A FINNISH SOJOURN
I'd ridden the length of Finland in 1997 on a four-month loop around the Baltic. Starting from Helsinki, I had headed east to Porvoo and on to near the Russian border, then turned north through beautiful lake country and on into the arctic of Finland's far north. Eventually I pedaled across into Norway and reached Nordkapp, the northern tip of the continent, three days later.
This time I rode east to west along the southern coast, following the old King's Road much of the way. Sweden built this historic route to link Stockholm with the nation's eastern territories. The Swedes had arrived in Finland during the Northern Crusades about 800 years ago with a Bible in one hand and a sword in the other. The Finns converted from the old pagan ways to Christianity, and a 600-year relationship with Sweden began. Even today many road signs display town names in both Swedish and Finnish. Sweden "lost" Finland to Russia in the early 1800s, though the Finns retained a large degree of autonomy. Independence finally came in the early 20th century, yet wars with Russia in the 1940s devastated the economy. Finland is now a prosperous country with high-tech industries and beautiful landscapes of forests, vast lakes, and rugged seacoasts. The Finns use the Euro, and this was my first experience with the currency, which felt much like using dollars because the values are so similar. I found the cycling surprisingly hilly while rolling up and down the glaciated hills.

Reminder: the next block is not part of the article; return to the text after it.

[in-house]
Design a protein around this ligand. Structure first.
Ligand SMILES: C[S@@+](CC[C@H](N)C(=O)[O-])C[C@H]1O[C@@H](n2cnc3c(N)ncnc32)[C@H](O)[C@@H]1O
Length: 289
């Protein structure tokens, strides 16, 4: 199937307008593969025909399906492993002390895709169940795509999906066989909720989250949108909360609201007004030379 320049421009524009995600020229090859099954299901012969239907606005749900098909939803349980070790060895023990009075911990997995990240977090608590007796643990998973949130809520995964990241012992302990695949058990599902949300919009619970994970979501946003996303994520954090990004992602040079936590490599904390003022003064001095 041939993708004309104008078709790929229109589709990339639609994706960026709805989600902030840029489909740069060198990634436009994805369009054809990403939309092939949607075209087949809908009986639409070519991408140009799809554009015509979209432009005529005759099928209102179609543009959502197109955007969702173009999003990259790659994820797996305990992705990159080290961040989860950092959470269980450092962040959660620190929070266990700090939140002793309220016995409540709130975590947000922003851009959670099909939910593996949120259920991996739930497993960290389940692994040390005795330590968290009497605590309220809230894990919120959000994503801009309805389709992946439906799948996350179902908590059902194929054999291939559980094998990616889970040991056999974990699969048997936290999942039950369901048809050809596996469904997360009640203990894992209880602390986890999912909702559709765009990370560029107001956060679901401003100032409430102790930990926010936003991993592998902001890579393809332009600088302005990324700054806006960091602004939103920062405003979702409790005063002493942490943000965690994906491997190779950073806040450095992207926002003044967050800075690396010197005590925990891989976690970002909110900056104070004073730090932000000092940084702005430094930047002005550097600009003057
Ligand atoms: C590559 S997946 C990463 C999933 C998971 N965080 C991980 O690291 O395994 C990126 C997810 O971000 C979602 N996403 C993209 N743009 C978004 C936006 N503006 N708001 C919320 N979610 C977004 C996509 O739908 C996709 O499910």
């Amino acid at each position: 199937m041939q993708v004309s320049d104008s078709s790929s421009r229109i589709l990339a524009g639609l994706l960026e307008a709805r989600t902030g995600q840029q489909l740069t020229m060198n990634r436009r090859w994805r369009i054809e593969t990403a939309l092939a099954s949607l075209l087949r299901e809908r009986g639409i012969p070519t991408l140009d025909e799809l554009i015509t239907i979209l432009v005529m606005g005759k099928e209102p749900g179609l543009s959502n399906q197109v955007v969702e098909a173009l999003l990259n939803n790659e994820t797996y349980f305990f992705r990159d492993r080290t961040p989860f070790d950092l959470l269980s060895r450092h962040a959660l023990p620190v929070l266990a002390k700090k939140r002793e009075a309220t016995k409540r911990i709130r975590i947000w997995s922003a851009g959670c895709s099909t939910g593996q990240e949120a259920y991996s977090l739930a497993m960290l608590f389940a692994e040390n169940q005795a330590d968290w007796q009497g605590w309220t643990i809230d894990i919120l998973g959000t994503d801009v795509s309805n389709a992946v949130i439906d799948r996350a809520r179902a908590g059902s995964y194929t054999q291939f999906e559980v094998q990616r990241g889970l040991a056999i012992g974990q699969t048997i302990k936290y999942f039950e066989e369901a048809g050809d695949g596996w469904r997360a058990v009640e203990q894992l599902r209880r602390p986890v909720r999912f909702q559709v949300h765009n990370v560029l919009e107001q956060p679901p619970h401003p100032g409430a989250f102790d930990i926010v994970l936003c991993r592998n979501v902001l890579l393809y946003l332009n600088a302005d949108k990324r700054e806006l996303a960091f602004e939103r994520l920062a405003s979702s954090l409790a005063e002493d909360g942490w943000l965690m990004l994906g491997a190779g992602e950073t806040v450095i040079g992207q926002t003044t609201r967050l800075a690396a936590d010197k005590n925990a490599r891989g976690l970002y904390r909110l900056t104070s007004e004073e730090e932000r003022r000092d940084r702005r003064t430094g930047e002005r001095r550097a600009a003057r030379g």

I'd enjoyed a visit to the capital Helsinki six years ago, so this time I focused on two museums not open on my previous trip. The National Museum had been closed for major renovations then, but now offered detailed exhibits on the early history of the Finns, then a quick overview of recent centuries. The new Kiasma museum, just a hole in the ground in 1996, displayed many contemporary art installations. Video projects filled the third level with lots of bizarre stuff, as you'd expect. My favorite was a Route 66 exhibit in which you would slide a large TV panel along a 10-meter rail to get views and stories of the landscapes and people along the way.
From the maritime city of Turku on the west coast, I island-hopped and ferried across a chain of islands westward to Kökar Island. The rock-filled waters demanded careful attention from boat captains. People in the Ålands speak Swedish yet belong to a territory of Finland; the Ålanders have their own flag and customs, as well as a lot of autonomy. The windswept low-lying rocky islands seemed more suited as a base for maritime commerce and fishing than farming, but determined farmers still managed to till some fields. I stopped in the main town of Mariehamn to visit the maritime museum and the sailing ship Pommern docked nearby; both had fine exhibits and videos of elderly men telling of their trips around the world on the Pommern and other big sailing ships.
Porvoo is a medieval town on the Eastern King's Road.
Sottunga, one of the Åland Islands
This and other sailing ships once operated out of Mariehamn in the Åland Islands.
captain's saloon of the Pommern
on to Sweden once more